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Un-Compromising: Sovereignty and Slavery Sow the Seeds of Rebellion in 1850s Kansas

Posted on 10/03/2018

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If the present state of political discourse calls to mind the analogy of blood sport, spare a thought for “Bleeding Kansas,” that period from 1854-1861 when pro- and anti-slavery forces faced off in a violent prelude to the U.S. Civil War.

In Readex’s digital edition of the Territorial Papers of the United States, 1764-1953, the politics of division becomes personal through handwritten accounts such as the following letter from Kansas Deputy Marshal William J. Preston to Governor John W. Geary, written on October 12, 1856. Preston described a party of approximately 240 “immigrants” who were stopped by federal troops near the Kansas-Nebraska border:

There was nothing in the appearance of this party indicating that they were peaceable immigrants. They had no stock of any kind, except those of draught. There were only seven families among them, with no visible furniture, agricultural implements, or mechanical tools, but on the contrary, they were amply supplied with all the requisite articles for camping and campaigning purposes. These were seen protruding from their vehicles.

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Lieutenant Colonel Philip St. George Cooke gave Deputy Marshall Preston an exact reckoning of the baggage of these “peaceable immigrants:”

Report of arms discovered.

“3 boxes of Navy Revolver Pistols, all new, viz.:

            6 six and 5 five shooters;

            12 Colt’s Navy size;

            24 “     “           “

4 boxes fixed Ball Cartridges;

1 bag Caps;

A small lot Rifle Cartridges;

1 box, 10 Sharpe’s Rifles;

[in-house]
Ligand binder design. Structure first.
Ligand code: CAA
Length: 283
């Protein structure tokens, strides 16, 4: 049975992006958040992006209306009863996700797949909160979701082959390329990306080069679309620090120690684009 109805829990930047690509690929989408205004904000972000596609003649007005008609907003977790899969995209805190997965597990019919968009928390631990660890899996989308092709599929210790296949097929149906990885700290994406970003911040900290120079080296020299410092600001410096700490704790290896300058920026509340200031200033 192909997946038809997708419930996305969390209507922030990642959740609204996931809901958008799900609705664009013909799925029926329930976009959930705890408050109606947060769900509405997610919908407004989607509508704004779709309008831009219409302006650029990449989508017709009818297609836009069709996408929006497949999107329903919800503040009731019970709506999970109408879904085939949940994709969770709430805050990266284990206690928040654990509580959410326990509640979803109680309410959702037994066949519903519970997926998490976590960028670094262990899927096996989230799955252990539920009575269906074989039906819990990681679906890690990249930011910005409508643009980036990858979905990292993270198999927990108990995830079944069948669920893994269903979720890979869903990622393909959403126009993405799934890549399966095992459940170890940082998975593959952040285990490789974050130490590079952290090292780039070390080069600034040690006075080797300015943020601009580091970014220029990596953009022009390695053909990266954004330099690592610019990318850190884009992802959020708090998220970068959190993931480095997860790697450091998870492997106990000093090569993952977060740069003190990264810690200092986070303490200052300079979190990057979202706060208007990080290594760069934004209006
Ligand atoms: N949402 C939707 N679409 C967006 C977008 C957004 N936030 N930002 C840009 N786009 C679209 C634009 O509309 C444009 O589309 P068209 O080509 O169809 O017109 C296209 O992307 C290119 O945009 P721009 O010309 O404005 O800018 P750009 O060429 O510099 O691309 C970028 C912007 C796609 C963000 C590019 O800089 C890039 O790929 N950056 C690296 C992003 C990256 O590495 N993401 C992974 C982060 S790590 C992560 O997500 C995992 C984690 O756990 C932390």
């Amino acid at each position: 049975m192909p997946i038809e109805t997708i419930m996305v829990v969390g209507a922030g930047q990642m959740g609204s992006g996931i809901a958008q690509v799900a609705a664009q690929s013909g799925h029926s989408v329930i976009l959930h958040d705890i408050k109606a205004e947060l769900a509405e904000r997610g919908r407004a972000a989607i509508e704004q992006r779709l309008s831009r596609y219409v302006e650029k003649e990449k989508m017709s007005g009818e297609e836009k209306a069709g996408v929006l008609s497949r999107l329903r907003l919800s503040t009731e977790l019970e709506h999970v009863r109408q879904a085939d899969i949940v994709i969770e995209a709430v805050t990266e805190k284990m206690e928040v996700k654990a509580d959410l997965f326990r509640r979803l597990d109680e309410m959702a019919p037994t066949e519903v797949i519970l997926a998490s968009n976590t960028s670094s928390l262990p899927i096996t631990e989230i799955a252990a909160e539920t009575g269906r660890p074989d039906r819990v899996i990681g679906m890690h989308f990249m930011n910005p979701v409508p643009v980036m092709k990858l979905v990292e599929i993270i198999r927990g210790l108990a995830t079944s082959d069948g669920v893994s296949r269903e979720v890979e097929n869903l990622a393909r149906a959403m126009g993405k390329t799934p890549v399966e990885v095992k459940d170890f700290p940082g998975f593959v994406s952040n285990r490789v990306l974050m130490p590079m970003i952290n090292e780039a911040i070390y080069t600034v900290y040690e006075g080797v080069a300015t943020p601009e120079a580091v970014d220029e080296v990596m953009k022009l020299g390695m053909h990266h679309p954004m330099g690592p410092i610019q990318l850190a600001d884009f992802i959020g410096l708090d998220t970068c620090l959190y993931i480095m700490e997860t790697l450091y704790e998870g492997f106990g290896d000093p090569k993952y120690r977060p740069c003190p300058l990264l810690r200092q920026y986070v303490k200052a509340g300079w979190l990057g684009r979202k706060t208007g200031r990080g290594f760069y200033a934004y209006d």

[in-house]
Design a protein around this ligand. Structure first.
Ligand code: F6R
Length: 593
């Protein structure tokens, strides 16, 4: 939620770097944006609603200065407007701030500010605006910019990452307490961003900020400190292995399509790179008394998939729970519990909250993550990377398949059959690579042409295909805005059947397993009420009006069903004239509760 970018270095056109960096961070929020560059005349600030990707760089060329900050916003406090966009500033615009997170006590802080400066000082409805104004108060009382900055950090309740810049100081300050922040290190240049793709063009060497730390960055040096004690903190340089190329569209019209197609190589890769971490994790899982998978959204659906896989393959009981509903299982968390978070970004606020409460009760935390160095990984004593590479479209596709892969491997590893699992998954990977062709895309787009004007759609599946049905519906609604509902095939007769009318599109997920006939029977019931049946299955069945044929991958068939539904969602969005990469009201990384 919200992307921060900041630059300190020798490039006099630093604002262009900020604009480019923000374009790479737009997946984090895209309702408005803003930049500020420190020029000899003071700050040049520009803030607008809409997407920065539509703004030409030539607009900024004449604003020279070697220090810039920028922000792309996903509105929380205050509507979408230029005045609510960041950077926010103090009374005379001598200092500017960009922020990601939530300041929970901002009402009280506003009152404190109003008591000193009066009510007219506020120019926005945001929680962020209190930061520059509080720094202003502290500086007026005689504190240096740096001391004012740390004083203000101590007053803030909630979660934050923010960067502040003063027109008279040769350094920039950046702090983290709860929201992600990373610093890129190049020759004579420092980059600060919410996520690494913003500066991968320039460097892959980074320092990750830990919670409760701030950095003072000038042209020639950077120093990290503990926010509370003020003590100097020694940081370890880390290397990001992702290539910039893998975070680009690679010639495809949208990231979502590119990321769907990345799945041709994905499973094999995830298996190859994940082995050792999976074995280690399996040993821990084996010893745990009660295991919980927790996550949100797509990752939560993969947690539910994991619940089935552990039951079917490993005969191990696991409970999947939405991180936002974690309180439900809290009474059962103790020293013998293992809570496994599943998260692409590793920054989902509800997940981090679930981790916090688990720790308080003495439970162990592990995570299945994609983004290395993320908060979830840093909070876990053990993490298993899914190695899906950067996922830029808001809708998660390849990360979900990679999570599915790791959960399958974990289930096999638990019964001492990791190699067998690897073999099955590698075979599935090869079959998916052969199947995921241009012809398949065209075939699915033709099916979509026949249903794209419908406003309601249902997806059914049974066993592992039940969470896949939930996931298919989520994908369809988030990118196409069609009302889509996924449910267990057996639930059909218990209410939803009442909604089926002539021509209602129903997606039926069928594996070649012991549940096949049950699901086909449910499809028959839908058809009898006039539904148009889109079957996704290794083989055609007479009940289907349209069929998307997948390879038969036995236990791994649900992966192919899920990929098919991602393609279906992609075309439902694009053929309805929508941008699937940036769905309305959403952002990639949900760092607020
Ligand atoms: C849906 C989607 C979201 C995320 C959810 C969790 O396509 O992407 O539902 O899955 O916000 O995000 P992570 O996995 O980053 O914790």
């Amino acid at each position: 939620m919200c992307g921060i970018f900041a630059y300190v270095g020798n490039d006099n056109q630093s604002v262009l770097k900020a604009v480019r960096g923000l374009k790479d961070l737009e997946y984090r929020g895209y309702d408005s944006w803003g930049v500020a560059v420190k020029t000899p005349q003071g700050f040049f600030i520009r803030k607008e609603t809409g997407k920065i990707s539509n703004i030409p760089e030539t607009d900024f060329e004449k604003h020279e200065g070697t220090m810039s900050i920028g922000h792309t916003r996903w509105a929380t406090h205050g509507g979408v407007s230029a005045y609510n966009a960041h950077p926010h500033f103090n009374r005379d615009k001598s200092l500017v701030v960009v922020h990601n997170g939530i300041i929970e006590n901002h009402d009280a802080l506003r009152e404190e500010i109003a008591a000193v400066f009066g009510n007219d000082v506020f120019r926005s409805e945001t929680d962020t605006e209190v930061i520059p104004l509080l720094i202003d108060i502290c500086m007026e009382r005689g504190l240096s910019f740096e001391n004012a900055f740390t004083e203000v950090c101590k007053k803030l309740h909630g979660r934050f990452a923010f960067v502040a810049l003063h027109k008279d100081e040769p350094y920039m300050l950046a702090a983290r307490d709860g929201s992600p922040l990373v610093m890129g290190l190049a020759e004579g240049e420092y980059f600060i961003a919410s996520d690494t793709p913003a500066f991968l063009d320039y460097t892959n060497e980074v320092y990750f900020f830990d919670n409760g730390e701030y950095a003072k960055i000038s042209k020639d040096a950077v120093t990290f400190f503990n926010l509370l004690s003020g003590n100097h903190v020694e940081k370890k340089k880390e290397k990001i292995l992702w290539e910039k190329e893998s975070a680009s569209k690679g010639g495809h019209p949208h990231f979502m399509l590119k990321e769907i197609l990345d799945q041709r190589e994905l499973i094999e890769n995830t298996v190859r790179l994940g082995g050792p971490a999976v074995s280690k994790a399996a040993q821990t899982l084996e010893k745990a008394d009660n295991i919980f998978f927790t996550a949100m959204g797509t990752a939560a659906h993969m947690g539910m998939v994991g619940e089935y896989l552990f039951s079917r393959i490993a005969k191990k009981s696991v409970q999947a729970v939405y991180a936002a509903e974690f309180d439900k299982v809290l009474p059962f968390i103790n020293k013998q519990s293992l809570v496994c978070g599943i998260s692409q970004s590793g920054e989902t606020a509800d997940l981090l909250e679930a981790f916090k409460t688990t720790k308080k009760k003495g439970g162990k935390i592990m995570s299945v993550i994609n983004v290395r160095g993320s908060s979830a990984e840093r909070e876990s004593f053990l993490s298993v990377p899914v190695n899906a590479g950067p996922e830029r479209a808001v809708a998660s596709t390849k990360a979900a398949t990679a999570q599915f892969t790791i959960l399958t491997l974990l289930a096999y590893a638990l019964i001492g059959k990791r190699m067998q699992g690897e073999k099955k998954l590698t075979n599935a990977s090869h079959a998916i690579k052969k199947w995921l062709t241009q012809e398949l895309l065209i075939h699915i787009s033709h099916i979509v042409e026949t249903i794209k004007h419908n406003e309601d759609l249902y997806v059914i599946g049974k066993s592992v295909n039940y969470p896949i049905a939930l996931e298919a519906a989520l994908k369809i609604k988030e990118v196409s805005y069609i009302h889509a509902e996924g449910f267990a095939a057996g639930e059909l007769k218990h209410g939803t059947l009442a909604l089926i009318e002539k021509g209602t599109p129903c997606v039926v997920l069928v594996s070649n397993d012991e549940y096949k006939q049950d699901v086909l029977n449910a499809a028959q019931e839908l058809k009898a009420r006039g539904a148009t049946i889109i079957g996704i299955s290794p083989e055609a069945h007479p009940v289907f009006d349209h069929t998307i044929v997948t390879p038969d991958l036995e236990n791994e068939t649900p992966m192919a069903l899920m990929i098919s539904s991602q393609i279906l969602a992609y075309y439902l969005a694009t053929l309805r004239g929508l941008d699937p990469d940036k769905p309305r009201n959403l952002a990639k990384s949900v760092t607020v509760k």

145 Breach Loading Muskets;

85 Percussion Muskets;

115 Bayonets;

61 common Sabres

2 officer’s Sabres

1-1/2 Kegs of Powder;

61 Dragoon Saddles

1 Drum.”


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The cause of such subversion was the collision of slavery with sovereignty. In brief, the Missouri Compromise of 1820 admitted Missouri as a slave state offset by Maine’s admission as a free state. It also prohibited slavery north of 36˚30’ (the southern boundary of Missouri). But the Compromise of 1850 included provisions granting popular sovereignty to Utah Territory and New Mexico Territory over the question of slavery—essentially endorsing the “states’ rights” position against federal authority. This was a tacit abrogation of the Missouri Compromise.


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When Kansas and Nebraska were likewise granted popular sovereignty during their admission as territories in 1854, Kansas became the setting for a proxy fight over slavery, fueled by adherents of each position who emigrated to Kansas en masse for the express purpose of swinging the vote in favor of their respective partisans. Political violence between the pro-slavery “Border Ruffians” and abolitionist “Free-Staters” was the certain result.